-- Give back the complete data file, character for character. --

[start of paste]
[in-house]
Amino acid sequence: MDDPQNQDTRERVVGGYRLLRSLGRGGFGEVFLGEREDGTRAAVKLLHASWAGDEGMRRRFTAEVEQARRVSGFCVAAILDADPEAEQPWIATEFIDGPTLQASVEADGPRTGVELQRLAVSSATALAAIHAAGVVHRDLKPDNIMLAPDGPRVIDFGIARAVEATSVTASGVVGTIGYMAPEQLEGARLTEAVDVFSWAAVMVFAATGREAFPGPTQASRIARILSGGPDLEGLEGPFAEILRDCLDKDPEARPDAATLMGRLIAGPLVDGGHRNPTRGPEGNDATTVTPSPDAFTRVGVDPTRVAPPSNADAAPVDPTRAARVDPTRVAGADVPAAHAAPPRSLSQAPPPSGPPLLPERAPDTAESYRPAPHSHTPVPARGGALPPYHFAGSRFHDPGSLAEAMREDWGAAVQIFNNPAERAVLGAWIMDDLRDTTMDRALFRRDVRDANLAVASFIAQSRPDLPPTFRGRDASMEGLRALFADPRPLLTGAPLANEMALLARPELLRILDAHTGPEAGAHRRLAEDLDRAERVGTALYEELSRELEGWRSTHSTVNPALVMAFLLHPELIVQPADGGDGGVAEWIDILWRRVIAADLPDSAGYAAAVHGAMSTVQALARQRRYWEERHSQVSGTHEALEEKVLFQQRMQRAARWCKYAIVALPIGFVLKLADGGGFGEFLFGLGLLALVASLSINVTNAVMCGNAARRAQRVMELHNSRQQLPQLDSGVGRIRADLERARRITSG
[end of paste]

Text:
[in-house]
Amino acid sequence: MDDPQNQDTRERVVGGYRLLRSLGRGGFGEVFLGEREDGTRAAVKLLHASWAGDEGMRRRFTAEVEQARRVSGFCVAAILDADPEAEQPWIATEFIDGPTLQASVEADGPRTGVELQRLAVSSATALAAIHAAGVVHRDLKPDNIMLAPDGPRVIDFGIARAVEATSVTASGVVGTIGYMAPEQLEGARLTEAVDVFSWAAVMVFAATGREAFPGPTQASRIARILSGGPDLEGLEGPFAEILRDCLDKDPEARPDAATLMGRLIAGPLVDGGHRNPTRGPEGNDATTVTPSPDAFTRVGVDPTRVAPPSNADAAPVDPTRAARVDPTRVAGADVPAAHAAPPRSLSQAPPPSGPPLLPERAPDTAESYRPAPHSHTPVPARGGALPPYHFAGSRFHDPGSLAEAMREDWGAAVQIFNNPAERAVLGAWIMDDLRDTTMDRALFRRDVRDANLAVASFIAQSRPDLPPTFRGRDASMEGLRALFADPRPLLTGAPLANEMALLARPELLRILDAHTGPEAGAHRRLAEDLDRAERVGTALYEELSRELEGWRSTHSTVNPALVMAFLLHPELIVQPADGGDGGVAEWIDILWRRVIAADLPDSAGYAAAVHGAMSTVQALARQRRYWEERHSQVSGTHEALEEKVLFQQRMQRAARWCKYAIVALPIGFVLKLADGGGFGEFLFGLGLLALVASLSINVTNAVMCGNAARRAQRVMELHNSRQQLPQLDSGVGRIRADLERARRITSG